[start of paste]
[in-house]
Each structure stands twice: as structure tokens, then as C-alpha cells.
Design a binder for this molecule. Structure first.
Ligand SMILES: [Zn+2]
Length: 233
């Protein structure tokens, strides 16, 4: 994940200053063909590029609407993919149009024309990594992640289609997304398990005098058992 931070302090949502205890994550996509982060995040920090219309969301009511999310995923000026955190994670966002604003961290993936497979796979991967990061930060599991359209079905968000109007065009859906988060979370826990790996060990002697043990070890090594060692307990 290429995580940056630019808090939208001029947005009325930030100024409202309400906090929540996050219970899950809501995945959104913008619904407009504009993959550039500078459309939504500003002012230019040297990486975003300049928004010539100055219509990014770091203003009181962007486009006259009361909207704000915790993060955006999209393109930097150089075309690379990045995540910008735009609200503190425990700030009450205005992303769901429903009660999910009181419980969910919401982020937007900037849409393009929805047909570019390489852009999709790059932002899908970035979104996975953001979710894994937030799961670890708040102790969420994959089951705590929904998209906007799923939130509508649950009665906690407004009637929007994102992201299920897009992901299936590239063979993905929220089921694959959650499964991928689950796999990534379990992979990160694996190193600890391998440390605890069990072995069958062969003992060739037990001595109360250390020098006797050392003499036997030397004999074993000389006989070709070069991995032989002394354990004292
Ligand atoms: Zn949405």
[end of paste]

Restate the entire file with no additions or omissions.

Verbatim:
[in-house]
Each structure stands twice: as structure tokens, then as C-alpha cells.
Design a binder for this molecule. Structure first.
Ligand SMILES: [Zn+2]
Length: 233
């Protein structure tokens, strides 16, 4: 994940200053063909590029609407993919149009024309990594992640289609997304398990005098058992 931070302090949502205890994550996509982060995040920090219309969301009511999310995923000026955190994670966002604003961290993936497979796979991967990061930060599991359209079905968000109007065009859906988060979370826990790996060990002697043990070890090594060692307990 290429995580940056630019808090939208001029947005009325930030100024409202309400906090929540996050219970899950809501995945959104913008619904407009504009993959550039500078459309939504500003002012230019040297990486975003300049928004010539100055219509990014770091203003009181962007486009006259009361909207704000915790993060955006999209393109930097150089075309690379990045995540910008735009609200503190425990700030009450205005992303769901429903009660999910009181419980969910919401982020937007900037849409393009929805047909570019390489852009999709790059932002899908970035979104996975953001979710894994937030799961670890708040102790969420994959089951705590929904998209906007799923939130509508649950009665906690407004009637929007994102992201299920897009992901299936590239063979993905929220089921694959959650499964991928689950796999990534379990992979990160694996190193600890391998440390605890069990072995069958062969003992060739037990001595109360250390020098006797050392003499036997030397004999074993000389006989070709070069991995032989002394354990004292
Ligand atoms: Zn949405």